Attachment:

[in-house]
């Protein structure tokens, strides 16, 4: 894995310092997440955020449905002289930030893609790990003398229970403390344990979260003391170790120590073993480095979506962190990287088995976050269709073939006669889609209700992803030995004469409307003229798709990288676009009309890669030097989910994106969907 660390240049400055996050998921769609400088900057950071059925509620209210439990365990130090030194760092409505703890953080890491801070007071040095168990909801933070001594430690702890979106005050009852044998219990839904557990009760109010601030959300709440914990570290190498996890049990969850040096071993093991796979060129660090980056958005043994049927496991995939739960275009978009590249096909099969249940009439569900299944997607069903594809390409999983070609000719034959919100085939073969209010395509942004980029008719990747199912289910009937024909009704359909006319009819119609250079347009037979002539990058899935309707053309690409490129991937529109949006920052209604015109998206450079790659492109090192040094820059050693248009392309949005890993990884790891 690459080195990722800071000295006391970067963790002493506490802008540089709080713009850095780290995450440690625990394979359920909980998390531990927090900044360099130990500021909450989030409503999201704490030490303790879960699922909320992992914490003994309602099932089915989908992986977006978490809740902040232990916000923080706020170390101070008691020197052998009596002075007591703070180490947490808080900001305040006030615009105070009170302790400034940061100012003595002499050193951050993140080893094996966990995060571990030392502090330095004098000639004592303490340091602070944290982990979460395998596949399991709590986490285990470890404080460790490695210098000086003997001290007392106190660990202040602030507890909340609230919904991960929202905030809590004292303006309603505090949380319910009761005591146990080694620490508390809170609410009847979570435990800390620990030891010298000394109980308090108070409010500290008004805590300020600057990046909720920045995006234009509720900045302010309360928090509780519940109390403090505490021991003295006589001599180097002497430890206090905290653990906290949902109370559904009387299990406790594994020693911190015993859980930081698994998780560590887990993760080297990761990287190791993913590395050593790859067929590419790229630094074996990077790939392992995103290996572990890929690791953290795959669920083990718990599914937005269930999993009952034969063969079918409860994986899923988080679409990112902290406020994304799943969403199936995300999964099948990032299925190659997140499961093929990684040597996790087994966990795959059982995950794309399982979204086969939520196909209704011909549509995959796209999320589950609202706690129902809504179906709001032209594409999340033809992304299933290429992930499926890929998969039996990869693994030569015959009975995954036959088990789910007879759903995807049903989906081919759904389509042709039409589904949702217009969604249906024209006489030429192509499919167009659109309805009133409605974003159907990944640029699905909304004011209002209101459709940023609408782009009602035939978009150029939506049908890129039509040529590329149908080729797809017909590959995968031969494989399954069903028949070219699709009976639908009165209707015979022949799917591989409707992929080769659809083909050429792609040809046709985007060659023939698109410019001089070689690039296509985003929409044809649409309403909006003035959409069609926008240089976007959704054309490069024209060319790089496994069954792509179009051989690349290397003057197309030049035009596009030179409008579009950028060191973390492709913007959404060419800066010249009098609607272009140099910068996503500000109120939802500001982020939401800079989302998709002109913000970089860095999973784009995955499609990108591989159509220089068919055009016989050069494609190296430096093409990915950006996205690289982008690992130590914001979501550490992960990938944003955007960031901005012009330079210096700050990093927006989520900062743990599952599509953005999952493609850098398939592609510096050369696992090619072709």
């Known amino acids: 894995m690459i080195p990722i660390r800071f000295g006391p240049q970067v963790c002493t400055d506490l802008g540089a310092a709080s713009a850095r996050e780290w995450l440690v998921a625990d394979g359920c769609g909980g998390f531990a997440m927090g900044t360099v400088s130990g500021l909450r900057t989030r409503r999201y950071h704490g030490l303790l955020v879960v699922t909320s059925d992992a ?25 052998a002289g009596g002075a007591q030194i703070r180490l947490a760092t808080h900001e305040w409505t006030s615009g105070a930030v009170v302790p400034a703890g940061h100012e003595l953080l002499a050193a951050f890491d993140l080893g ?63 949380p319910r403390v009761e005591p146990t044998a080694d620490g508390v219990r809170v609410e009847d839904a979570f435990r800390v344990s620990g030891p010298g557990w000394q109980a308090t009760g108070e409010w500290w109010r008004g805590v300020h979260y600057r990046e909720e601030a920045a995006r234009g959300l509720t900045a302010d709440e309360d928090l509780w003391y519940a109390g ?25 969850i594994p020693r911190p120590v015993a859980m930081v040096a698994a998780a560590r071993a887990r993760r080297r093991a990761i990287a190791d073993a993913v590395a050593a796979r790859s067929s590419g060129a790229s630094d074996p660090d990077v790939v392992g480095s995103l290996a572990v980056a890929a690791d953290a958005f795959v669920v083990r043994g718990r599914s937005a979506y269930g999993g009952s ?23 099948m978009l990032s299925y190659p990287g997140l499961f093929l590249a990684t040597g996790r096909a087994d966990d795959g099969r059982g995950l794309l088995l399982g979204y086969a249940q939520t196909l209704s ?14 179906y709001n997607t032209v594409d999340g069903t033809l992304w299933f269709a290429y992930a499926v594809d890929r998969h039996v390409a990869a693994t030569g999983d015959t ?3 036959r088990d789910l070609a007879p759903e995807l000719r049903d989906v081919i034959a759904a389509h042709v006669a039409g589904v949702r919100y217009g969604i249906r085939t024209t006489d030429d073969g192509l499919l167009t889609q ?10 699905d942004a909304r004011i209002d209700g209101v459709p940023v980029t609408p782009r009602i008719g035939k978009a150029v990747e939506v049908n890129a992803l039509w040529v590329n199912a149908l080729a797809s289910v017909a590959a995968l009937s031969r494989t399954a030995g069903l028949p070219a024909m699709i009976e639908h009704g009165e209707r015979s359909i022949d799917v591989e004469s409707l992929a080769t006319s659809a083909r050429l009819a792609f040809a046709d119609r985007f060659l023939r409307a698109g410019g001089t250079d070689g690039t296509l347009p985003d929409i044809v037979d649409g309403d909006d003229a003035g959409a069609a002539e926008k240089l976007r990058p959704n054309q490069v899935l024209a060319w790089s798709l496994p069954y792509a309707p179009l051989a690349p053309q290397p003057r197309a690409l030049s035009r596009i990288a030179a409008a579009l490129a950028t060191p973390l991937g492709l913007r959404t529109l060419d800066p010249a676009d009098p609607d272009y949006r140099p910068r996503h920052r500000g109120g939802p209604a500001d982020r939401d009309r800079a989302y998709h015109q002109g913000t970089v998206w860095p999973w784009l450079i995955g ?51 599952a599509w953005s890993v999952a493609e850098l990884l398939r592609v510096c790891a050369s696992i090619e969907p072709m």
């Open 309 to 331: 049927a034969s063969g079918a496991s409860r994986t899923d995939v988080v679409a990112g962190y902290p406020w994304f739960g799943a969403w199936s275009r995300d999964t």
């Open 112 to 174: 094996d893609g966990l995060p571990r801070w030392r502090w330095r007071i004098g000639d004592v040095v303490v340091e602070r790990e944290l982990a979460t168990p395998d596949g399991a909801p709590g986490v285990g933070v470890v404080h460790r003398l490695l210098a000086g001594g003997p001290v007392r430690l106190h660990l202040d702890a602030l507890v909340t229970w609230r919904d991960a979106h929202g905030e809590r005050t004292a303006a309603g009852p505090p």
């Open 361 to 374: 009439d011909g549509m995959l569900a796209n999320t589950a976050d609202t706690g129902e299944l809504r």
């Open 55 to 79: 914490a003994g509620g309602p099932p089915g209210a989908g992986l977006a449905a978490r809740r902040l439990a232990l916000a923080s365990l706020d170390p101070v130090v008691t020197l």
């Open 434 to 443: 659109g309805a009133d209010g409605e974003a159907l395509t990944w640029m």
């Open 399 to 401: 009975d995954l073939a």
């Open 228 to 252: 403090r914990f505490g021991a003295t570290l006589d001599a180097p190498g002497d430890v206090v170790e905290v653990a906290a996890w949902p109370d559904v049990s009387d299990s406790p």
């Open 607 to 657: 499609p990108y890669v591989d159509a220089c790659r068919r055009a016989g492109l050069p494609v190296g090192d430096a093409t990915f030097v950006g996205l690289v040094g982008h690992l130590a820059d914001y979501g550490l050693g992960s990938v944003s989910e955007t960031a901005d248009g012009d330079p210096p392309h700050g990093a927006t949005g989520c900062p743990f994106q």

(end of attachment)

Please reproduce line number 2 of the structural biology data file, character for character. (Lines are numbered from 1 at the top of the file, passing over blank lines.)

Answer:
């Protein structure tokens, strides 16, 4: 894995310092997440955020449905002289930030893609790990003398229970403390344990979260003391170790120590073993480095979506962190990287088995976050269709073939006669889609209700992803030995004469409307003229798709990288676009009309890669030097989910994106969907 660390240049400055996050998921769609400088900057950071059925509620209210439990365990130090030194760092409505703890953080890491801070007071040095168990909801933070001594430690702890979106005050009852044998219990839904557990009760109010601030959300709440914990570290190498996890049990969850040096071993093991796979060129660090980056958005043994049927496991995939739960275009978009590249096909099969249940009439569900299944997607069903594809390409999983070609000719034959919100085939073969209010395509942004980029008719990747199912289910009937024909009704359909006319009819119609250079347009037979002539990058899935309707053309690409490129991937529109949006920052209604015109998206450079790659492109090192040094820059050693248009392309949005890993990884790891 690459080195990722800071000295006391970067963790002493506490802008540089709080713009850095780290995450440690625990394979359920909980998390531990927090900044360099130990500021909450989030409503999201704490030490303790879960699922909320992992914490003994309602099932089915989908992986977006978490809740902040232990916000923080706020170390101070008691020197052998009596002075007591703070180490947490808080900001305040006030615009105070009170302790400034940061100012003595002499050193951050993140080893094996966990995060571990030392502090330095004098000639004592303490340091602070944290982990979460395998596949399991709590986490285990470890404080460790490695210098000086003997001290007392106190660990202040602030507890909340609230919904991960929202905030809590004292303006309603505090949380319910009761005591146990080694620490508390809170609410009847979570435990800390620990030891010298000394109980308090108070409010500290008004805590300020600057990046909720920045995006234009509720900045302010309360928090509780519940109390403090505490021991003295006589001599180097002497430890206090905290653990906290949902109370559904009387299990406790594994020693911190015993859980930081698994998780560590887990993760080297990761990287190791993913590395050593790859067929590419790229630094074996990077790939392992995103290996572990890929690791953290795959669920083990718990599914937005269930999993009952034969063969079918409860994986899923988080679409990112902290406020994304799943969403199936995300999964099948990032299925190659997140499961093929990684040597996790087994966990795959059982995950794309399982979204086969939520196909209704011909549509995959796209999320589950609202706690129902809504179906709001032209594409999340033809992304299933290429992930499926890929998969039996990869693994030569015959009975995954036959088990789910007879759903995807049903989906081919759904389509042709039409589904949702217009969604249906024209006489030429192509499919167009659109309805009133409605974003159907990944640029699905909304004011209002209101459709940023609408782009009602035939978009150029939506049908890129039509040529590329149908080729797809017909590959995968031969494989399954069903028949070219699709009976639908009165209707015979022949799917591989409707992929080769659809083909050429792609040809046709985007060659023939698109410019001089070689690039296509985003929409044809649409309403909006003035959409069609926008240089976007959704054309490069024209060319790089496994069954792509179009051989690349290397003057197309030049035009596009030179409008579009950028060191973390492709913007959404060419800066010249009098609607272009140099910068996503500000109120939802500001982020939401800079989302998709002109913000970089860095999973784009995955499609990108591989159509220089068919055009016989050069494609190296430096093409990915950006996205690289982008690992130590914001979501550490992960990938944003955007960031901005012009330079210096700050990093927006989520900062743990599952599509953005999952493609850098398939592609510096050369696992090619072709």